Bitcoin Falls On Global Regulatory Concerns

Hello traders everywhere. The January Bitcoin (CME:BRTI) selloff gained momentum on Tuesday when the cryptocurrency dropped as much as 13% in early trading as the prospect of global regulatory crackdowns appeared to spread.

A South Korean news website Yonhap reported that Finance Minister Kim Dong-yeon had told a local radio station that the government would be coming up with a set of measures to clamp down on the "irrational" cryptocurrency investment craze.

South Korea said on Monday that its plans to ban virtual coin exchanges had not yet been finalized, as government agencies were still in talks to decide how to regulate the market.

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That news broke just as a report surfaced that a senior Chinese central banker had said authorities should ban centralized trading of virtual currencies and prohibit individuals and businesses from providing related services.

China shut down exchanges operating on the mainland last year - a move that also sparked a selloff.

The January selloff has seen Bitcoin (CME:BRTI) fall 42% from it's December 2017 high of 19,528.87.

Key levels to watch next week:
S&P 500 (CME:SP500): 2,673.61
Dow (INDEX:DJI): 24,708.42
Gold (NYMEX:GC.G18.E): 1,332.10
Crude Oil (NYMEX:CL.F18.E): 63.77
U.S. Dollar (NYBOT:DX.H18.E): 92.96
Bitcoin (CME:BRTI): 17,090.52

Every Success,
Jeremy Lutz and

2 thoughts on “Bitcoin Falls On Global Regulatory Concerns

  1. It should be regulated out of existence. Cryptocurrencies represent a threat that might one day make the derivatives mess look like a harmless day at the $2 racetrack window.

    1. I have private keys that correspond to addresses on the blockchain that had value transferred to them. If you wish to be inaccurate, the value corresponds to clamshells or tulip bulbs. If you want to be accurate, the value is part of a finite supply of credits from an algorithm. Someone decides to fork the chain and spend credits on the new fork. Every time that happens I get more credits, I don't have to lift a finger. On the other hand it is not a productive investment, but simply a store of value that expands for now.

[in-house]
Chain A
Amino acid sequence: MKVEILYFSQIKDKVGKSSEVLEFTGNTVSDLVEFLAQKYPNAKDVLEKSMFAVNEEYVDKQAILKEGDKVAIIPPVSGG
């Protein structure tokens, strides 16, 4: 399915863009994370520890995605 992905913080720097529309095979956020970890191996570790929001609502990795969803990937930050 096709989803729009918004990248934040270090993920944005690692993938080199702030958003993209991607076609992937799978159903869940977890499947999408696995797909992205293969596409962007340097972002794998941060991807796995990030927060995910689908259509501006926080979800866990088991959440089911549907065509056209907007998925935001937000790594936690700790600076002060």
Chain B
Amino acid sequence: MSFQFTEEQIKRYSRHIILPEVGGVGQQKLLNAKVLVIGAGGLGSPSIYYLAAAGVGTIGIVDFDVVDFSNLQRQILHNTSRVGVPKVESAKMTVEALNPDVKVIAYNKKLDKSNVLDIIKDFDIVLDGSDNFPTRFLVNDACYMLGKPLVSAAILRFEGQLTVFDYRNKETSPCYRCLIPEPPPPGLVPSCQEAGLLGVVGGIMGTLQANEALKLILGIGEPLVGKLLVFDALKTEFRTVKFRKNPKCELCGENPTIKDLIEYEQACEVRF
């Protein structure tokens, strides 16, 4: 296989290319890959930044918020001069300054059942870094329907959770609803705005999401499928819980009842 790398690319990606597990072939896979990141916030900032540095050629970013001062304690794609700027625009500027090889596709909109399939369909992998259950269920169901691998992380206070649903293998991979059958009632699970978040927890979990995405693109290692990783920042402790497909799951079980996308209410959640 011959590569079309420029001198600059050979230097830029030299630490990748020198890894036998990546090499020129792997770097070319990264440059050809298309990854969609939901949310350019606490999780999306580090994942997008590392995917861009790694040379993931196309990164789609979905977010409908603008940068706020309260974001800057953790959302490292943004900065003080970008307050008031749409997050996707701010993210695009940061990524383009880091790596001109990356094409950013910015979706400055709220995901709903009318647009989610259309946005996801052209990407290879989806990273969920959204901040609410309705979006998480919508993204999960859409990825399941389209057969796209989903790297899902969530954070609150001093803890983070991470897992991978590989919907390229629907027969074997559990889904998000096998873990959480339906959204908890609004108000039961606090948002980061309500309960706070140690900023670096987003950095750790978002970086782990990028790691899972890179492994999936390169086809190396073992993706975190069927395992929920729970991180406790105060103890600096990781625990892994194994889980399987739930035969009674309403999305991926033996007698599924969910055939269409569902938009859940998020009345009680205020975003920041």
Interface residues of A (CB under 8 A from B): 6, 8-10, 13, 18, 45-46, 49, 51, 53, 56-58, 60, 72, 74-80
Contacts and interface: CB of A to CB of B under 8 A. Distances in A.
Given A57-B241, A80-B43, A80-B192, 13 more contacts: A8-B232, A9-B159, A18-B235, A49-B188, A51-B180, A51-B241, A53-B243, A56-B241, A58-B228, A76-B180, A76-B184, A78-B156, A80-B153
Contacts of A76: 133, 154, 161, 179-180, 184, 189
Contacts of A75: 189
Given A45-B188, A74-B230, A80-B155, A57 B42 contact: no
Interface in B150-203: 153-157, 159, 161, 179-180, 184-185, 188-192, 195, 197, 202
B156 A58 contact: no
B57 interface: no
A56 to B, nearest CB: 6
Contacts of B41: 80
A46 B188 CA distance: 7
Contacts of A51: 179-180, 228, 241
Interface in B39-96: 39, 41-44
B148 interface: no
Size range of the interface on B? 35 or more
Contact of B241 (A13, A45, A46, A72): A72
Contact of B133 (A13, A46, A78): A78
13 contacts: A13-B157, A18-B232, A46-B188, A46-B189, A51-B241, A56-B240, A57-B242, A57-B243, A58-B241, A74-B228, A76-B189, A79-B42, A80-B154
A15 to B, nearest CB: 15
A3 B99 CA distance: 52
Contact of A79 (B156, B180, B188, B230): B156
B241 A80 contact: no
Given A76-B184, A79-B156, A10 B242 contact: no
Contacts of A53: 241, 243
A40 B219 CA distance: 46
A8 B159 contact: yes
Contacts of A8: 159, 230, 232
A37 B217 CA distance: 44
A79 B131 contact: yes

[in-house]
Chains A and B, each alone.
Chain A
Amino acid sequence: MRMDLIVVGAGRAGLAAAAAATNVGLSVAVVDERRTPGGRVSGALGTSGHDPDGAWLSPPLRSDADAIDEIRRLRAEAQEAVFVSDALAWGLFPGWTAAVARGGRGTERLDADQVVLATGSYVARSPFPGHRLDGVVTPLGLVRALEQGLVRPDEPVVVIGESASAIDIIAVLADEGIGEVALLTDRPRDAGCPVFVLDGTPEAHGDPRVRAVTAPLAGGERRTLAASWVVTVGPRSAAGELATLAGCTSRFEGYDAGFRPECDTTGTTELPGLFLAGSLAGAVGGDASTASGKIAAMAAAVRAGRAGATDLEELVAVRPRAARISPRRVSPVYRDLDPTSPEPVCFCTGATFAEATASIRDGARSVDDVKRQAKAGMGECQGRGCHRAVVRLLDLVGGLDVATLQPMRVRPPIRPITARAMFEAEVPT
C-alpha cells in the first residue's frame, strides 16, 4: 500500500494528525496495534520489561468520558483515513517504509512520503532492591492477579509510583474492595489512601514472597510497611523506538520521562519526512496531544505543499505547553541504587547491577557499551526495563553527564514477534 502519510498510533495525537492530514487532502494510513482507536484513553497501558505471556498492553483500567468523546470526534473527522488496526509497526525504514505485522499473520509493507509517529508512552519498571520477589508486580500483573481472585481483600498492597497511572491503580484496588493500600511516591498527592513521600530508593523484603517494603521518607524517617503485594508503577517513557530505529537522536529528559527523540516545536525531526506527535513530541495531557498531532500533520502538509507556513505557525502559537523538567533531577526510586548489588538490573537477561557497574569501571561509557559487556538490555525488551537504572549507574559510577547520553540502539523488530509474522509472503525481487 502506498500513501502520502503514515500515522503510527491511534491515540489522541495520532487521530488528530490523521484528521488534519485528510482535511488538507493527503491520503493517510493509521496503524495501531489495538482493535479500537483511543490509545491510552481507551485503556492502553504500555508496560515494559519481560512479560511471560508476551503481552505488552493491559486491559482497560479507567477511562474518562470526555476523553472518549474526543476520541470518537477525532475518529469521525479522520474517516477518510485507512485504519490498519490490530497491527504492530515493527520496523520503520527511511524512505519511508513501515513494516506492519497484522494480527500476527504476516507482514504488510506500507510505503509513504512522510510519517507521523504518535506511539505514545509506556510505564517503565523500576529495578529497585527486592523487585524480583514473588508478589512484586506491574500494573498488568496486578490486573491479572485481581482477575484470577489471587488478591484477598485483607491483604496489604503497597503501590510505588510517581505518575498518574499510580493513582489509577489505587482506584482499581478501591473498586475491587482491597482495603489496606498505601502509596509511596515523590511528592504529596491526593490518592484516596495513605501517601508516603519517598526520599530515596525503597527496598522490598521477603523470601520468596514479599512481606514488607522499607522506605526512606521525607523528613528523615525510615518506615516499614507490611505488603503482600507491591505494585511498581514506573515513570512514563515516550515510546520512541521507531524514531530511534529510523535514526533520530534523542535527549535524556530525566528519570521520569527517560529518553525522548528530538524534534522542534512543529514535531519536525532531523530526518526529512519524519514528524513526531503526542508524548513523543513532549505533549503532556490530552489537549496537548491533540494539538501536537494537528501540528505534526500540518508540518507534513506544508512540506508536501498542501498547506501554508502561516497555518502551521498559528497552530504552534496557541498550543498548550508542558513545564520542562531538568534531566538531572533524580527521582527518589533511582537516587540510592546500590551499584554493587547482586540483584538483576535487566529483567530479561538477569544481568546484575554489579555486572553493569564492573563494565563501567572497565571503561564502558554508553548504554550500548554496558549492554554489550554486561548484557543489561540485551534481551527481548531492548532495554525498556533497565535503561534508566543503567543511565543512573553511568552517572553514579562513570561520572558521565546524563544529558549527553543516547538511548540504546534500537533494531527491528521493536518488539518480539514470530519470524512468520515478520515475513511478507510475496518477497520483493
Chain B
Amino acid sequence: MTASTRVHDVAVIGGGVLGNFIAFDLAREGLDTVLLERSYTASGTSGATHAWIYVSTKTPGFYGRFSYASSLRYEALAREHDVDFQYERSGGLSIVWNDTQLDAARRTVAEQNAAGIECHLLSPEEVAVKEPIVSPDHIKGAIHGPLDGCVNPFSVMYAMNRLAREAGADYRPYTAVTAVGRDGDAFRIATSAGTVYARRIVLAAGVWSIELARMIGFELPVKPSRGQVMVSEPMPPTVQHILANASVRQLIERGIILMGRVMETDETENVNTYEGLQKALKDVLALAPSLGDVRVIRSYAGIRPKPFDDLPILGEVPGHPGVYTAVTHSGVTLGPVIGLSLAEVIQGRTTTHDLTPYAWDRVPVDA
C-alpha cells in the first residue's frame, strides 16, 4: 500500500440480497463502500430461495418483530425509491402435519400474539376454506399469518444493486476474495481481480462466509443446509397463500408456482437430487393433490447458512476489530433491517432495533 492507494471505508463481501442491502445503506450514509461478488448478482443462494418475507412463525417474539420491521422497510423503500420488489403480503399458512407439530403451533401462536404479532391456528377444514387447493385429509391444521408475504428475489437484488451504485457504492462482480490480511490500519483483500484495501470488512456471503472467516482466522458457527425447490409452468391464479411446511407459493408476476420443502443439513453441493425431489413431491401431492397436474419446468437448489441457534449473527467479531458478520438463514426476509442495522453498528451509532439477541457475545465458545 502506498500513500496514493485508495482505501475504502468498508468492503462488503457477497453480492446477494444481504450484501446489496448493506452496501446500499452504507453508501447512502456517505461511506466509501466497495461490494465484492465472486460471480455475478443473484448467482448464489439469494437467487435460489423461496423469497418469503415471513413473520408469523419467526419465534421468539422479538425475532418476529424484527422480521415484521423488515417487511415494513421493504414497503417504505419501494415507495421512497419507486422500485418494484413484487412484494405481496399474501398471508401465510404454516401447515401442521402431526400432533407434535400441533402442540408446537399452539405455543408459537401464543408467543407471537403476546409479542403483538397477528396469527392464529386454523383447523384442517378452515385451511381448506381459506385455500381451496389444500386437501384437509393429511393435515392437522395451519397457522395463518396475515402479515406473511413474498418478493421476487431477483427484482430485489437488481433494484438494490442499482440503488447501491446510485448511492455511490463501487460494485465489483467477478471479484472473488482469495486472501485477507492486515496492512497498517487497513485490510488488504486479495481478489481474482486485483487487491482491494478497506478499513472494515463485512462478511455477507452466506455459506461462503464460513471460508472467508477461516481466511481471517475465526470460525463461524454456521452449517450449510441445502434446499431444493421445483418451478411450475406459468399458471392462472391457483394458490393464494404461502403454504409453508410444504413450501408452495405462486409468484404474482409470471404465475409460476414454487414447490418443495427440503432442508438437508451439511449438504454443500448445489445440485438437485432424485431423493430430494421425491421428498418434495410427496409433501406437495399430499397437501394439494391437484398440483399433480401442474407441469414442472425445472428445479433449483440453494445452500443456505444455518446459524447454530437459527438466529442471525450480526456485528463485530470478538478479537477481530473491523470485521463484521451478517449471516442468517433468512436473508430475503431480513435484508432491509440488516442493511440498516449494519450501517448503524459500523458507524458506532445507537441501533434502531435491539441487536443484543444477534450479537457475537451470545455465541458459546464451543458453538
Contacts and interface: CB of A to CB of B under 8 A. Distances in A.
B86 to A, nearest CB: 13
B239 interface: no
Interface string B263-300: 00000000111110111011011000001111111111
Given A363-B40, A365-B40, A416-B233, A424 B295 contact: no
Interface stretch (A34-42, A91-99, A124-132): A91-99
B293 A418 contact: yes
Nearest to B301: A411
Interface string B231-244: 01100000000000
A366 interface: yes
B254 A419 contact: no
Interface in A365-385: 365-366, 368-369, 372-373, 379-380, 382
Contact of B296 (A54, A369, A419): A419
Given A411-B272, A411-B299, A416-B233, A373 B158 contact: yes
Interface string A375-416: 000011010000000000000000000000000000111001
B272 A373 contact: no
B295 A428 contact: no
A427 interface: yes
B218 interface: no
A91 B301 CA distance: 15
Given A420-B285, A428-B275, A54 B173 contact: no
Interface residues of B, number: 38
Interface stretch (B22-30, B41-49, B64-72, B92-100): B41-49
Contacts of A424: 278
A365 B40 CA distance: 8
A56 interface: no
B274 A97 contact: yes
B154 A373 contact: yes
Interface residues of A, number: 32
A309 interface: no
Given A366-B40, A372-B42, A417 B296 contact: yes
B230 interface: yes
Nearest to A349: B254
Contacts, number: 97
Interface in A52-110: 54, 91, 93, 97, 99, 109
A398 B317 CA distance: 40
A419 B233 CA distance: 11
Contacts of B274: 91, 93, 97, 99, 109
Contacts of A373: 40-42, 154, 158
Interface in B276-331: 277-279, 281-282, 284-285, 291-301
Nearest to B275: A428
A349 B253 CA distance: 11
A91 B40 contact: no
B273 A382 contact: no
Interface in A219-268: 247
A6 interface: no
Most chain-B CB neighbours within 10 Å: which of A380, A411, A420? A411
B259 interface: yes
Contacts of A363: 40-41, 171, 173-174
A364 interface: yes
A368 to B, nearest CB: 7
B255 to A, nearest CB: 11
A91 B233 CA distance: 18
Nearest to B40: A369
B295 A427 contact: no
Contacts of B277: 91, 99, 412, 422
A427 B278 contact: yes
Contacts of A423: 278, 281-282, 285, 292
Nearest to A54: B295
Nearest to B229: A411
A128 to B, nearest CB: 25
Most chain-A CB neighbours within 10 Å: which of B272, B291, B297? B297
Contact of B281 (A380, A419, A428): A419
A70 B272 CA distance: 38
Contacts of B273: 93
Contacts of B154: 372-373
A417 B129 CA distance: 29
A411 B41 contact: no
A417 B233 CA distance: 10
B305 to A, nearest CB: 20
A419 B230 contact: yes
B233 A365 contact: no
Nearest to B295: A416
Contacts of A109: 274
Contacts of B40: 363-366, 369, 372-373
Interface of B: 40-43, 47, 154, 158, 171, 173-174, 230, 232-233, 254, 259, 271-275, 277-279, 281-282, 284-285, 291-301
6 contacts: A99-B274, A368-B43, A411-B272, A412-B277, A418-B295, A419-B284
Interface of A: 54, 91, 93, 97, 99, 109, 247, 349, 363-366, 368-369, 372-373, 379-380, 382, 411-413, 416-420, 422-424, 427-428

Someone can also create an entirely new chain, convince kids (yes teens) to mine it, then offer their new credits at an exchange. I can go to any exchange and offer some of my original bitcoin credits or forked credits for their credits. I'll be keeping those on new private keys. I would have preferred my original credits were had not been valued much more than $1,000 but I'm ok at $1,000 or $10,000. Turns out many buyers are price insensitive because they have no use for their fiat. Turns out many hodlers bought at ridiculously low prices and don't need the money either. It's just a temporary store of value until the next new CC.

      Let's contrast that simple, evolving and creative market with credit default swaps. In that scheme you were allowed to sell insurance against default of borrowers without sufficient capital to pay the defaults. You were able to do this because you got to tranche the debt and sell the premium payment streams to other "investors" to raise the capital (which was still insufficient) I am saying "you" to mean the people that ran Wall St before 2010. There is clearly much more systemic risk with a system based on debt than a system based on perceived store of value of a rare digital item.

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